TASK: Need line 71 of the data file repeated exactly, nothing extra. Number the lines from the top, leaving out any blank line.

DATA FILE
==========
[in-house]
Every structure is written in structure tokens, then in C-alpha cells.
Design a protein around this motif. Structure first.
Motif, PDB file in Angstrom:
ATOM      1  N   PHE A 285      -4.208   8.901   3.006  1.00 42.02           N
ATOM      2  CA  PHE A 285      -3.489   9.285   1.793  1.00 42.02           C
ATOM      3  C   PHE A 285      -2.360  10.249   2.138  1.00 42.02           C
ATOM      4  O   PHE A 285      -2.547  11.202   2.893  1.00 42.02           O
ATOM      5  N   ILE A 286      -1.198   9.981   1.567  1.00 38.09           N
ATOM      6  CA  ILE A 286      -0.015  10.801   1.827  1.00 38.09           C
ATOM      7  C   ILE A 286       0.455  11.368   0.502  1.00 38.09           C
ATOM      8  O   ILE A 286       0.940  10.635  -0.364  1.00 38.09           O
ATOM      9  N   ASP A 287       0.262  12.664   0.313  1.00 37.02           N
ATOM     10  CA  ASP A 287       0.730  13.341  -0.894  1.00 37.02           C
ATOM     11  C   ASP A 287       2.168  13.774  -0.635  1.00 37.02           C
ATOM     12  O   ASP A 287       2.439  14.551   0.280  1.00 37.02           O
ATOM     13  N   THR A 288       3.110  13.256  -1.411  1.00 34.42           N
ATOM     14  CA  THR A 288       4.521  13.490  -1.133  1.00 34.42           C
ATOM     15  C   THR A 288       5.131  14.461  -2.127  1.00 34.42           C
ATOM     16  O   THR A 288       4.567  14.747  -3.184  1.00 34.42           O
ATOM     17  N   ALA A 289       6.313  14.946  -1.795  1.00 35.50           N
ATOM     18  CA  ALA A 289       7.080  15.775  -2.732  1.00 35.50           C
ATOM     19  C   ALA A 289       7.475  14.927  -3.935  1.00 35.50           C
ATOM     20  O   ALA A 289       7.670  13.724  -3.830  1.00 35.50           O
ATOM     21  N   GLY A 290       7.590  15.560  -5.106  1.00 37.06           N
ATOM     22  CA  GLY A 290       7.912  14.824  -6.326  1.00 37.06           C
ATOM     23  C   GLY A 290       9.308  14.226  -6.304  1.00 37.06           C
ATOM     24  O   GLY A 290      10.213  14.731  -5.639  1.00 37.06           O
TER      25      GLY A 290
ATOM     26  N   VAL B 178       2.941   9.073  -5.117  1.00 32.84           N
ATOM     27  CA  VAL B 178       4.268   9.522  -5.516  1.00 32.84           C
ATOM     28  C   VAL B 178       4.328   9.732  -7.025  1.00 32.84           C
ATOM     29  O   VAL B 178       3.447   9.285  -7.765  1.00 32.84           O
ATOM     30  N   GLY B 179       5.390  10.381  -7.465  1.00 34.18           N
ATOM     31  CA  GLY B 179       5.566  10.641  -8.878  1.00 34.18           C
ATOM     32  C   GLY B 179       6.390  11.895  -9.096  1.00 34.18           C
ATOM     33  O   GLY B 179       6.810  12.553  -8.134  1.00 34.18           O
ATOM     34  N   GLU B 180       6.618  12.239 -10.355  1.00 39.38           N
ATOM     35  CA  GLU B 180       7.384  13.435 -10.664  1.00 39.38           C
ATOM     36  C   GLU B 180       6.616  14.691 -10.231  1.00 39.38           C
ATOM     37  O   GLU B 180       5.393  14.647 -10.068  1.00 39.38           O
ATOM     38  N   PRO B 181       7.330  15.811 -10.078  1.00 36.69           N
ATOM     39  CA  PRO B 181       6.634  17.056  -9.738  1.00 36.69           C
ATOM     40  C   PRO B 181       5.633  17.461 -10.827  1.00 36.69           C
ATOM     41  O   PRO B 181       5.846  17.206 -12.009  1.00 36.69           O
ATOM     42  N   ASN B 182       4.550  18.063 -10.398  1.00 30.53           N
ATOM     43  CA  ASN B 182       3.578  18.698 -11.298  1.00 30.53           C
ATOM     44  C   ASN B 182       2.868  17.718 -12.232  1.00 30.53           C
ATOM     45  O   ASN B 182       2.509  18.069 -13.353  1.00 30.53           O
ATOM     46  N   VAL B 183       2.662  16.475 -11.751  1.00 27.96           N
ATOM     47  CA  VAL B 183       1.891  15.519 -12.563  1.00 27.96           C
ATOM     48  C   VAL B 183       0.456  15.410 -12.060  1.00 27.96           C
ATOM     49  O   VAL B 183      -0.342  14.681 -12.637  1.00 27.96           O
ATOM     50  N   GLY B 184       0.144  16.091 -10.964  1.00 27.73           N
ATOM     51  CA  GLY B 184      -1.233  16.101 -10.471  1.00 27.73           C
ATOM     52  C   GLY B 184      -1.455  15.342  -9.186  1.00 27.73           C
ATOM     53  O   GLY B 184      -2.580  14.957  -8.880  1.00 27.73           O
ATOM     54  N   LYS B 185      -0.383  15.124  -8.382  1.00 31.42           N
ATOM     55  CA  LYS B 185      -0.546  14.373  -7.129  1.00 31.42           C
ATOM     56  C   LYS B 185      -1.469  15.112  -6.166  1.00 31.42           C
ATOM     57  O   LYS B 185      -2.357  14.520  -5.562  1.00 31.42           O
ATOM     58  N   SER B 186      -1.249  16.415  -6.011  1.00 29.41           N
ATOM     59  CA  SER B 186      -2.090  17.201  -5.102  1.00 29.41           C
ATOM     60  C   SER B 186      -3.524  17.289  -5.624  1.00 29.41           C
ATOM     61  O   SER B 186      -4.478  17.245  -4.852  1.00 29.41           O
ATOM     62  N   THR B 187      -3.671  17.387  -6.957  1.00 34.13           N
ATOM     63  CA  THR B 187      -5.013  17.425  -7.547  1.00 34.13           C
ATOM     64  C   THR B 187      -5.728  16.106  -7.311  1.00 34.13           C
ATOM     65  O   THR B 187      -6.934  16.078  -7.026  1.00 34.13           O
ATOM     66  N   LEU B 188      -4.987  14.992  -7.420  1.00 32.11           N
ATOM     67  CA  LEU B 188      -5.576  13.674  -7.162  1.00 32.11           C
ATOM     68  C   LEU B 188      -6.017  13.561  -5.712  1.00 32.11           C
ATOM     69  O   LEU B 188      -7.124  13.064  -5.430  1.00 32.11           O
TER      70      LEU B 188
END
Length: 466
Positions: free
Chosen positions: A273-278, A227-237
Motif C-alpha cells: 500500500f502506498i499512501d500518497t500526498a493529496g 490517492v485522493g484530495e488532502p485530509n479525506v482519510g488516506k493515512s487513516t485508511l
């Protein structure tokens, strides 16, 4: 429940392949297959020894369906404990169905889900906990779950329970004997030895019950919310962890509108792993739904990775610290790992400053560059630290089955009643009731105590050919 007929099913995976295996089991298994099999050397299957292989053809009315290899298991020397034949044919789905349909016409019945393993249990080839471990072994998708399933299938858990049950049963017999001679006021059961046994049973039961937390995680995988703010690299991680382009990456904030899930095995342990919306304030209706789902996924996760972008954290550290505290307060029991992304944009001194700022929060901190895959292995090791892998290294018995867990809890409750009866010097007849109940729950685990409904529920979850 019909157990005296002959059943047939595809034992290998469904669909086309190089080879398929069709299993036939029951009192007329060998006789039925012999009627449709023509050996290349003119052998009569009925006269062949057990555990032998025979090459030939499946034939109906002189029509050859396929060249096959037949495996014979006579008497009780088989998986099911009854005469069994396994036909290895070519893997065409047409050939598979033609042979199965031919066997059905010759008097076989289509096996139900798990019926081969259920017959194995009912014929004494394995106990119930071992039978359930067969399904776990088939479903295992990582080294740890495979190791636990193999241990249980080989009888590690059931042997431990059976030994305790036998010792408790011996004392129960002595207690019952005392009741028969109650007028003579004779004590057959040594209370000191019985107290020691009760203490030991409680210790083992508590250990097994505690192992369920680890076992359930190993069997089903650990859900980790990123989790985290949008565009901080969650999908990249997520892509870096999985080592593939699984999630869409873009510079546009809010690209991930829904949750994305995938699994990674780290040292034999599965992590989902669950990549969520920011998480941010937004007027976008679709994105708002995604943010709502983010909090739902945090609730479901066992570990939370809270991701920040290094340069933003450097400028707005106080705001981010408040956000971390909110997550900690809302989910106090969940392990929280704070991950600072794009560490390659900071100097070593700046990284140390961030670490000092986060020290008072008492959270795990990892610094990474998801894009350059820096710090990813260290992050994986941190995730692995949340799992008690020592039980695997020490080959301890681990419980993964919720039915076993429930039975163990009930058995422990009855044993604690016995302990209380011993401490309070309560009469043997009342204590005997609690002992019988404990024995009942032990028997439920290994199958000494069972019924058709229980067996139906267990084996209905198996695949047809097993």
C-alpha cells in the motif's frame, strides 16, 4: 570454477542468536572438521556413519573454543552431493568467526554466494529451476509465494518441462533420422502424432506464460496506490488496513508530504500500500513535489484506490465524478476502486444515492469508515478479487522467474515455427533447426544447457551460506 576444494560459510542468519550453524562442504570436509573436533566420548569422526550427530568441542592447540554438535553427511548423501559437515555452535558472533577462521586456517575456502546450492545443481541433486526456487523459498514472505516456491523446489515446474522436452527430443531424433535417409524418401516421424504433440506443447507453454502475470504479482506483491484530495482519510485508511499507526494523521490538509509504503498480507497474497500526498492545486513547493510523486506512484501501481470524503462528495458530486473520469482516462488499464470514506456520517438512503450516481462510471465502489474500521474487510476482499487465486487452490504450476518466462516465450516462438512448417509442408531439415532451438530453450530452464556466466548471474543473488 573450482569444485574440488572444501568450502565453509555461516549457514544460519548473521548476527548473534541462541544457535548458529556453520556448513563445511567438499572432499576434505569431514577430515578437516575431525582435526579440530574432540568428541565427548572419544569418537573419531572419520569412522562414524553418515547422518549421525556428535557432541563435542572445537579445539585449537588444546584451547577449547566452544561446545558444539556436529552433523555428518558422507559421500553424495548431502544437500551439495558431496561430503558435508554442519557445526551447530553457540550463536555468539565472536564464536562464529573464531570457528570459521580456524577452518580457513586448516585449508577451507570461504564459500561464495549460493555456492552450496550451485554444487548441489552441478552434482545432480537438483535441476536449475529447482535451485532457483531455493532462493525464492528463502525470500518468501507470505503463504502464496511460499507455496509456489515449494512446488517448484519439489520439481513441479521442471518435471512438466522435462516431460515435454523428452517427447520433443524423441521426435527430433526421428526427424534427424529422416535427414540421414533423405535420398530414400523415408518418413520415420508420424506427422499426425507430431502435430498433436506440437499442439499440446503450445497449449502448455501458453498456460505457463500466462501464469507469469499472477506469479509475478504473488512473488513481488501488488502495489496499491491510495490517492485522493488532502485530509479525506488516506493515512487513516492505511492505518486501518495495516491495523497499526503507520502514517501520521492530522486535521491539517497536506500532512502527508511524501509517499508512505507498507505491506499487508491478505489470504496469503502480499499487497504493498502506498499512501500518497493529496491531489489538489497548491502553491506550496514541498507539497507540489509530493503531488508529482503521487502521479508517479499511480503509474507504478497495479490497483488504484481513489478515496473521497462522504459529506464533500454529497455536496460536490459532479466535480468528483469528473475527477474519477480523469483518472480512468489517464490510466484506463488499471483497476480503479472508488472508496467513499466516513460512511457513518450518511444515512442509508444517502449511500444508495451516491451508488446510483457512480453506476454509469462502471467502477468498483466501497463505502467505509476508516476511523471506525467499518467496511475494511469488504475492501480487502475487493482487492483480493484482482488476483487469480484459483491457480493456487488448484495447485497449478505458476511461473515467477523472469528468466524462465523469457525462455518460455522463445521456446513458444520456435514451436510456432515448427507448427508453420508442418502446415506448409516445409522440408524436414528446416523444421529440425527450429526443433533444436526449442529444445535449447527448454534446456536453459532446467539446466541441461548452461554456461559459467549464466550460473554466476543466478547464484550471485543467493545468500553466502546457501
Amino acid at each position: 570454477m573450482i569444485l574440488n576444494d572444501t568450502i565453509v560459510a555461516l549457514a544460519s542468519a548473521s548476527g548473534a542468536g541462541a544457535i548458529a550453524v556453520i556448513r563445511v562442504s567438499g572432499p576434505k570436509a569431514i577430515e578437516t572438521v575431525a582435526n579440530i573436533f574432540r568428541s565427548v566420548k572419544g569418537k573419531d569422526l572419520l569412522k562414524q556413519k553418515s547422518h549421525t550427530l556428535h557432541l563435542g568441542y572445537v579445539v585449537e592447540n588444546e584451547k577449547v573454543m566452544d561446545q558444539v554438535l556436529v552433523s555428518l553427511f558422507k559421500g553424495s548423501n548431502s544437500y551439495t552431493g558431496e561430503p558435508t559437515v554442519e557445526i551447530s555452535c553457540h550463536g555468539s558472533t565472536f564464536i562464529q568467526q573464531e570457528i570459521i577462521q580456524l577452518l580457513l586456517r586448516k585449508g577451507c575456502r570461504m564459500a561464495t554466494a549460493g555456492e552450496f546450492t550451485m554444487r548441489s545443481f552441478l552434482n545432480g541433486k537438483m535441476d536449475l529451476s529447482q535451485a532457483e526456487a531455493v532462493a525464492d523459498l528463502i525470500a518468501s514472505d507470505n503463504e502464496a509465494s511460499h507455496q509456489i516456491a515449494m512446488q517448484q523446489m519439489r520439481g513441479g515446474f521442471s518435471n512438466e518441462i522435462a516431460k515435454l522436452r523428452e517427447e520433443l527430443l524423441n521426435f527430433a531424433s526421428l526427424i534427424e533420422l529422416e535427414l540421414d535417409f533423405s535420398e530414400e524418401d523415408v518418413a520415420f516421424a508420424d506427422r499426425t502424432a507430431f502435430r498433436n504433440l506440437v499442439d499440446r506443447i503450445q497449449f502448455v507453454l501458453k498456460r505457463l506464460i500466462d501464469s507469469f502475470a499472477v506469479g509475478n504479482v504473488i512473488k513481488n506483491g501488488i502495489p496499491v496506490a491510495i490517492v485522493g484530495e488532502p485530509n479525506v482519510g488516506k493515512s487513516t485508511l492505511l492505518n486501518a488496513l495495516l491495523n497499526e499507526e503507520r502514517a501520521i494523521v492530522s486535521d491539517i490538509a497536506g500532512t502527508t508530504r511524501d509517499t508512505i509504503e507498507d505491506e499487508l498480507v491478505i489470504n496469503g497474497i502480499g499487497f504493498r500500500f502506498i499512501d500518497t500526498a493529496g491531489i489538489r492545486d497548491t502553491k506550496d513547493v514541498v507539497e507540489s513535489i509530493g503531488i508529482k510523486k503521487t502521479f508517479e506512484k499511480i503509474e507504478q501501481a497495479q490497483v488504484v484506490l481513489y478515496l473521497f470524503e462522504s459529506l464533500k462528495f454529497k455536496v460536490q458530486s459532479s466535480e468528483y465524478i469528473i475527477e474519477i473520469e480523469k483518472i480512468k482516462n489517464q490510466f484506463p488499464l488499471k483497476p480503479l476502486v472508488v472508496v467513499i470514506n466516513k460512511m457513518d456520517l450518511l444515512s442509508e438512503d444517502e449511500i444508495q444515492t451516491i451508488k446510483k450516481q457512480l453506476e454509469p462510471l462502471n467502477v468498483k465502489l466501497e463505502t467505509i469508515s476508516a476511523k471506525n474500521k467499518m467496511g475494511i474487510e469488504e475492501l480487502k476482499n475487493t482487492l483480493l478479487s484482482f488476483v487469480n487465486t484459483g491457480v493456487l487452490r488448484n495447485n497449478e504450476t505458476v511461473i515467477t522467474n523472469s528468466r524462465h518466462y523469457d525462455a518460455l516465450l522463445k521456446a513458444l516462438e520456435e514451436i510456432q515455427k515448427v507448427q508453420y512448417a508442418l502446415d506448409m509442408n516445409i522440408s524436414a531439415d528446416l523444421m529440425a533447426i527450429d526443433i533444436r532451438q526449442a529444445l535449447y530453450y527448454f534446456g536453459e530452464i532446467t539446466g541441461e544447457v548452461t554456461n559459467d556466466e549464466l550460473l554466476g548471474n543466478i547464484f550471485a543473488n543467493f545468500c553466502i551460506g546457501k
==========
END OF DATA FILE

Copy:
ATOM     67  CA  LEU B 188      -5.576  13.674  -7.162  1.00 32.11           C